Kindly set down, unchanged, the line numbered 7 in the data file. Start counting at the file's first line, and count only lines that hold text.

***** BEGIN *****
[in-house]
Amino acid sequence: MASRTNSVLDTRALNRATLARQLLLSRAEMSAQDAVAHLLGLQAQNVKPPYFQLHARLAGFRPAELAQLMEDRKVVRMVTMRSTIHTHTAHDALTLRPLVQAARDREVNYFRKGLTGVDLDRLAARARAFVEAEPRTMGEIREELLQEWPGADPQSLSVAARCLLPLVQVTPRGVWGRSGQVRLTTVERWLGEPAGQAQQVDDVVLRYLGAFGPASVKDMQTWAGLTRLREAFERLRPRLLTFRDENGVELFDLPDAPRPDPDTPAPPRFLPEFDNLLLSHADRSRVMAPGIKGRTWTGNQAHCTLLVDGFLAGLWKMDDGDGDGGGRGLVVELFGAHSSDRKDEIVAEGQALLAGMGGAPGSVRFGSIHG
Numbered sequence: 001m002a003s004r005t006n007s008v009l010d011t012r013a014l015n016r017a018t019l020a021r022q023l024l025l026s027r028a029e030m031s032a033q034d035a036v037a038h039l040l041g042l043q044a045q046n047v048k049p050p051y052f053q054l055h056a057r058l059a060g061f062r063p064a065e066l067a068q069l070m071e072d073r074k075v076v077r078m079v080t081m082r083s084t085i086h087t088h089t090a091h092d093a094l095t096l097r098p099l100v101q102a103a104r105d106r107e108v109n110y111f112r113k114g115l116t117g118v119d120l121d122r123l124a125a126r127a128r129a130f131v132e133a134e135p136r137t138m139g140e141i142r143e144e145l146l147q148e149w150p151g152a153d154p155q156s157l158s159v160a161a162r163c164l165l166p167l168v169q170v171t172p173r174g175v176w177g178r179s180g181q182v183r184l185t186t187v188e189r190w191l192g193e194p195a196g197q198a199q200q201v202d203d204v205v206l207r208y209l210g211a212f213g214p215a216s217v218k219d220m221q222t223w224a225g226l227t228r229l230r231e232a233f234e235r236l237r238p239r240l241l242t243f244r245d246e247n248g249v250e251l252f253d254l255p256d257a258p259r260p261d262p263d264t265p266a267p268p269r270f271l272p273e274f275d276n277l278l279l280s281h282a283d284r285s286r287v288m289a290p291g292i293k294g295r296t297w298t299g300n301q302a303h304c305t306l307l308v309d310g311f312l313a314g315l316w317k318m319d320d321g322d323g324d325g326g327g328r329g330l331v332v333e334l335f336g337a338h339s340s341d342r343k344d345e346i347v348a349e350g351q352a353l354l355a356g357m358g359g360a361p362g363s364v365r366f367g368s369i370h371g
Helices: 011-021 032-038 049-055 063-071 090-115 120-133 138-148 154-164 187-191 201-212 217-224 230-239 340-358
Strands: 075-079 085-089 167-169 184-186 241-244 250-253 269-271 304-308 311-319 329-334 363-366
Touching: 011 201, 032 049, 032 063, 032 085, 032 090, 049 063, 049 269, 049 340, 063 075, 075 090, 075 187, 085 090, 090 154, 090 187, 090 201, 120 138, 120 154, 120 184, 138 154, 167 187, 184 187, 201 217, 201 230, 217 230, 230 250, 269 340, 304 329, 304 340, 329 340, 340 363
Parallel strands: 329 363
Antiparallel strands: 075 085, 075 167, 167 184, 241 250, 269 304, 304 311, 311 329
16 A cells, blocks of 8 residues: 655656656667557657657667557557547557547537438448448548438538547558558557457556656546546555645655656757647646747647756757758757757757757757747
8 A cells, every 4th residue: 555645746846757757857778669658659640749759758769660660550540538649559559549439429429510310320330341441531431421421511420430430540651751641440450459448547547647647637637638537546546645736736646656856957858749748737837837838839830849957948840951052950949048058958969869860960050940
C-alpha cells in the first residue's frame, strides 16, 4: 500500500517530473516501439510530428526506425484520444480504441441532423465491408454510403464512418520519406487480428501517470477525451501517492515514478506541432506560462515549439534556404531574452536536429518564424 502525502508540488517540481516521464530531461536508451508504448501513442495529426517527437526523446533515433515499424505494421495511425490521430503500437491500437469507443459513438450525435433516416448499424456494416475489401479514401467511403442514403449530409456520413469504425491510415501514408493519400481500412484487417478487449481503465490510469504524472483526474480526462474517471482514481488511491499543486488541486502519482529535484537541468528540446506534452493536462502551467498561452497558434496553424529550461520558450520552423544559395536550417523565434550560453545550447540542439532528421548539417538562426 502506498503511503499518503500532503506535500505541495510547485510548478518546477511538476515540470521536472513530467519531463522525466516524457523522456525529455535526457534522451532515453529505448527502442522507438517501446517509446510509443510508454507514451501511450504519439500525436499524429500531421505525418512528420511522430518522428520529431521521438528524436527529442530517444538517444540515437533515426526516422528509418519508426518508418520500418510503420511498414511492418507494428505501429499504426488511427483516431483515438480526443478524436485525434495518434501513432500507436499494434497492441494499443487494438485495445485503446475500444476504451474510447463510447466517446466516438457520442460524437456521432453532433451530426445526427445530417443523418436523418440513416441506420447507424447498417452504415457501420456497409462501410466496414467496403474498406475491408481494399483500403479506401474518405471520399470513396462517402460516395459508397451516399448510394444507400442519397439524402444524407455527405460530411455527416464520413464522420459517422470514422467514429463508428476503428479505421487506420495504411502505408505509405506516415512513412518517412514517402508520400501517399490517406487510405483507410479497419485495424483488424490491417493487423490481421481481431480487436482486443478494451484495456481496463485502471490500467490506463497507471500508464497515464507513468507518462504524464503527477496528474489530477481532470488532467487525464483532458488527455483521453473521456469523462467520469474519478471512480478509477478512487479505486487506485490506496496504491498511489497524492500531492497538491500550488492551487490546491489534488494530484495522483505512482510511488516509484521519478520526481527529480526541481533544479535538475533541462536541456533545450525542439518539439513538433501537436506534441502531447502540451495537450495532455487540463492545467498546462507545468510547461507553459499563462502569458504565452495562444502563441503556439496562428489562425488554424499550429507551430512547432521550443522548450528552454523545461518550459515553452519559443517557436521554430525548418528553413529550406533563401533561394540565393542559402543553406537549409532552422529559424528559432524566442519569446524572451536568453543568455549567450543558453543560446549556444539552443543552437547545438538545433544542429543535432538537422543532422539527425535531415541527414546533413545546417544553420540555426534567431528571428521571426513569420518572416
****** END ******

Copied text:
Parallel strands: 329 363